To explore the feasibility of using a low-cost, off-the-shelf virtual reality (VR) game to treat young children with developmental coordination disorder (DCD) and to determine the effect of this intervention on motor function.
Nine children, aged 4 to 6 years, referred to physical therapy because of suspected DCD participated in 10 game-based intervention sessions.
Outcome measures included Movement Assessment Battery for Children-2 (M-ABC-2), the DCD Questionnaire (DCD-Q), the 6-minute walk test, and 10-m walk test.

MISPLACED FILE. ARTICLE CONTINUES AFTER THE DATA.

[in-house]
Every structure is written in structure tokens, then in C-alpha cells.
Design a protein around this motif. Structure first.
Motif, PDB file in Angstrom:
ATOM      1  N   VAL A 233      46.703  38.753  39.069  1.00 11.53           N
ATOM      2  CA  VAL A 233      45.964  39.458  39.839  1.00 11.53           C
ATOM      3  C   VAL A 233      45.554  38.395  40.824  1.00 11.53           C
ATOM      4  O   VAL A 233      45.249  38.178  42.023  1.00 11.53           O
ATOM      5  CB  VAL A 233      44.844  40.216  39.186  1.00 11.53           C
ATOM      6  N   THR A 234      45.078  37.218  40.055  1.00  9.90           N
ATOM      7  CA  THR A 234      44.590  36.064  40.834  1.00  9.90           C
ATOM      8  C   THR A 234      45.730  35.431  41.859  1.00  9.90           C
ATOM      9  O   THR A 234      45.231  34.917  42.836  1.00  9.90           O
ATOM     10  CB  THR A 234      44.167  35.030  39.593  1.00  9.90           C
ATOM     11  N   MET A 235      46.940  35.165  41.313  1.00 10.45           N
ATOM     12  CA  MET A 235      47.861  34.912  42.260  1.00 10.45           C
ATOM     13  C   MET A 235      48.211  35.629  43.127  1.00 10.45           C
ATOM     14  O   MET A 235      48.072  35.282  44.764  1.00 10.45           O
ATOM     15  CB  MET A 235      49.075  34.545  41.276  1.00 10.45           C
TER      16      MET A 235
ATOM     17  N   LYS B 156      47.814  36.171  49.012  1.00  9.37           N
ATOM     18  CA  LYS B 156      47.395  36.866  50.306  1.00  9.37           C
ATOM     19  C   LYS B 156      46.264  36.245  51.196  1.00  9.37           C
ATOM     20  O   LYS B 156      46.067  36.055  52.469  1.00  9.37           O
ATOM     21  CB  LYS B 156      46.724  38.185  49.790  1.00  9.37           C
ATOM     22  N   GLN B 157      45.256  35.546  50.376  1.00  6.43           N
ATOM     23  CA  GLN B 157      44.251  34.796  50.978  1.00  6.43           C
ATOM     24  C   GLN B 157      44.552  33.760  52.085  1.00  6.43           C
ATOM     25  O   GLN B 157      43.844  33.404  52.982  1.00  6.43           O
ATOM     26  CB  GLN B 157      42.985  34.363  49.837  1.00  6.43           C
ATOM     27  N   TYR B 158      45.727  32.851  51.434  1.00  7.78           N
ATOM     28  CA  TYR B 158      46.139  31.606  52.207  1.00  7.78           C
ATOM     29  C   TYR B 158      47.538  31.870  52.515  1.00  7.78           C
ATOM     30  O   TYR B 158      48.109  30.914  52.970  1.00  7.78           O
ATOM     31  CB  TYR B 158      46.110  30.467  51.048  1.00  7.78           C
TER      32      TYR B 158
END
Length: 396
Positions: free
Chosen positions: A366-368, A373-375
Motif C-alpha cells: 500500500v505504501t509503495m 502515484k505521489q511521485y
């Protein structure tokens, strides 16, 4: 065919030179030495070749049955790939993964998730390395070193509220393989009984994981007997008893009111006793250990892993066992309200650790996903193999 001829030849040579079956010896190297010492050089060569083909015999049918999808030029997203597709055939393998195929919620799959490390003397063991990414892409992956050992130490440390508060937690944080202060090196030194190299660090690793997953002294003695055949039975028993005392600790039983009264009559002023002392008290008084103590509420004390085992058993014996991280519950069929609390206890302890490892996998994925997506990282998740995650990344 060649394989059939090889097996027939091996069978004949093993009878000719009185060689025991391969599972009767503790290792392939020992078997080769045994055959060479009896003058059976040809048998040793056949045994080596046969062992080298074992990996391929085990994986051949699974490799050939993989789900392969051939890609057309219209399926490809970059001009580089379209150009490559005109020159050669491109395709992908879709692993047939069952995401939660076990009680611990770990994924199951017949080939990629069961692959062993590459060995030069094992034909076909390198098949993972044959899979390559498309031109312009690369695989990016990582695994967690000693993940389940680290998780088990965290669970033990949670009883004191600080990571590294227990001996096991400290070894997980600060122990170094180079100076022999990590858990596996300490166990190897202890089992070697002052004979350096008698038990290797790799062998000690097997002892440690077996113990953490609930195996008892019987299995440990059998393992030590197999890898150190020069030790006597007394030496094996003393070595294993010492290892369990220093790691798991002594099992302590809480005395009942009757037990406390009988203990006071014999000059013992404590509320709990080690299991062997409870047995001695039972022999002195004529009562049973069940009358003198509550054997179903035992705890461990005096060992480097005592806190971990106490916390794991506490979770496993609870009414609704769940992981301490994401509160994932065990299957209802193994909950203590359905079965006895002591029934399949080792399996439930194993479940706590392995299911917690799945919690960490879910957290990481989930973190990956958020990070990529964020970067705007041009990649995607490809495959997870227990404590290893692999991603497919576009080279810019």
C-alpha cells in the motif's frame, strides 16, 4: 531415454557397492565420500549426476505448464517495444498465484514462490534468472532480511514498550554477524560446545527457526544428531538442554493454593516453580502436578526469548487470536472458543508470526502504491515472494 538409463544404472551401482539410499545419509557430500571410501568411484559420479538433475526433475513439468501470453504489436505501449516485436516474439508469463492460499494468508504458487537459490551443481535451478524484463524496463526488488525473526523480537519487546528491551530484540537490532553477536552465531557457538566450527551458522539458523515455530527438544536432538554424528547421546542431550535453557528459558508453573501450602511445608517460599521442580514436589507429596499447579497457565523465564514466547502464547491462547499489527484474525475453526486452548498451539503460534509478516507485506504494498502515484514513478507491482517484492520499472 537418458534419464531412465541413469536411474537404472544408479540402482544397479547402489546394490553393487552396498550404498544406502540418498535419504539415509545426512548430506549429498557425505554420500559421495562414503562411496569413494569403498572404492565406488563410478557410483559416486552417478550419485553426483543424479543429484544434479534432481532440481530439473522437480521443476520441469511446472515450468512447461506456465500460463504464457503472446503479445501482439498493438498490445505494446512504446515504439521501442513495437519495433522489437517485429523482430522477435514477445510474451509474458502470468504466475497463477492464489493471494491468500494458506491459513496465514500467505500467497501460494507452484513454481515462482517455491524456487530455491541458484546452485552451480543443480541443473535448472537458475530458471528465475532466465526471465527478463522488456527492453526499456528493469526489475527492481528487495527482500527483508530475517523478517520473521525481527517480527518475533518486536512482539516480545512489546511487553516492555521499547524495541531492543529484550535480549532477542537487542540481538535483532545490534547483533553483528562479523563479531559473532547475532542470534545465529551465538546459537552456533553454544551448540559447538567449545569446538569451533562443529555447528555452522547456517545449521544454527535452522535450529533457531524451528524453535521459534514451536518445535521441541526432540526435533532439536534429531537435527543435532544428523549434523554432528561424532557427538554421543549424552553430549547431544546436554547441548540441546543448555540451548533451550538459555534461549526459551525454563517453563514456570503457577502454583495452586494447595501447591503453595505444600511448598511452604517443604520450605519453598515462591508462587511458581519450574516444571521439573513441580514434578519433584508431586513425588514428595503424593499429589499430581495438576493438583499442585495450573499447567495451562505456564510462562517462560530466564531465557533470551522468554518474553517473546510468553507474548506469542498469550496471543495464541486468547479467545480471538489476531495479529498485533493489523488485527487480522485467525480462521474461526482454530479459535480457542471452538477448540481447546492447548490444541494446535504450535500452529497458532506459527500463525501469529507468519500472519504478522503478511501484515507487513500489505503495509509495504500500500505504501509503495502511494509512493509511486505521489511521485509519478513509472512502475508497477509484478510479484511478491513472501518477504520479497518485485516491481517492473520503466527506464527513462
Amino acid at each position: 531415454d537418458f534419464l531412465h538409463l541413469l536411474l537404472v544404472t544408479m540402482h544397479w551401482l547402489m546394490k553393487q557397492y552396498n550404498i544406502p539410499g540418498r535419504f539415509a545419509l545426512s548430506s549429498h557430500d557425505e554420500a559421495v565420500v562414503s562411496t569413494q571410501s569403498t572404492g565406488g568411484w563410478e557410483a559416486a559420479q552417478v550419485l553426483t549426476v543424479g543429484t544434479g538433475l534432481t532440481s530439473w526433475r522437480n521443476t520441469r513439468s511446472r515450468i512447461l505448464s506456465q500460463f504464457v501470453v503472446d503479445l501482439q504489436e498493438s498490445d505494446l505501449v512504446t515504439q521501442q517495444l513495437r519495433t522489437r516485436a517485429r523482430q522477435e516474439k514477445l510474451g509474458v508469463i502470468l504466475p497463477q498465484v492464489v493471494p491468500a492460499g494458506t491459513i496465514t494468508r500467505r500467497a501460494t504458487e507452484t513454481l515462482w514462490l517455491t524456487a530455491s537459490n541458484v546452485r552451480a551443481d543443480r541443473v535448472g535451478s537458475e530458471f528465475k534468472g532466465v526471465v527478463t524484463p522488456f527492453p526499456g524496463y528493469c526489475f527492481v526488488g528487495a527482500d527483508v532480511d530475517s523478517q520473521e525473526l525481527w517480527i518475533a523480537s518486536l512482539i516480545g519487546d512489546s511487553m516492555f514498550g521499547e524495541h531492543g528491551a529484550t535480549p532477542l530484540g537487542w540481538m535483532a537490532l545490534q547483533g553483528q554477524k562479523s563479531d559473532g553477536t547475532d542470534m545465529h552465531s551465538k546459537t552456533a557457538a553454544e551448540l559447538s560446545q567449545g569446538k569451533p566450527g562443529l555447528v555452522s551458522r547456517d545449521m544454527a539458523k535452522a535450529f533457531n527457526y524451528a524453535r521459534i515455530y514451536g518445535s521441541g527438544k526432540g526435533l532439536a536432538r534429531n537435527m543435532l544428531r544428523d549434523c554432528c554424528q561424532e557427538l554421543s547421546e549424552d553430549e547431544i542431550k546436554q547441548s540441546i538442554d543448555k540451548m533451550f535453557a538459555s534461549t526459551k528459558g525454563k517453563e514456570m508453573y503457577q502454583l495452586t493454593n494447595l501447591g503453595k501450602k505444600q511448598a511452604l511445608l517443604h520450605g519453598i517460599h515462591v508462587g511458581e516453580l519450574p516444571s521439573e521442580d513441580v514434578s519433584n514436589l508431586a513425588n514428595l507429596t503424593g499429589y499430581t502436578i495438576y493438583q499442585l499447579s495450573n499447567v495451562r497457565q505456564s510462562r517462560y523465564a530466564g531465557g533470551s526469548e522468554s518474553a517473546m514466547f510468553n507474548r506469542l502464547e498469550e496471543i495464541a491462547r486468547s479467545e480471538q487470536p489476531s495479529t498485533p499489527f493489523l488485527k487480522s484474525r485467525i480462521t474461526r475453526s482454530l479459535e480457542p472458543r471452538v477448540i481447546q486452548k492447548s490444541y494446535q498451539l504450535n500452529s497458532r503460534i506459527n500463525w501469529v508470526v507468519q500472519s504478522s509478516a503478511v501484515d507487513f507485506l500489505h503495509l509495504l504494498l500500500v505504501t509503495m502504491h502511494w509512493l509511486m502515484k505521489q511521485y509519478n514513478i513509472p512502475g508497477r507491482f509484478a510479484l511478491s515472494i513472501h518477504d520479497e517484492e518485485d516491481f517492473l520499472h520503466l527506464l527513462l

Statistically significant changes were observed in the total standard score (P = .024) and the balance subscore (P = .012) of the M-ABC-2 and in the DCD-Q (P < .05). The children seemed to be motivated and to enjoy the interaction with the VR environment.
VR games seemed to be beneficial in improving the children's motor function.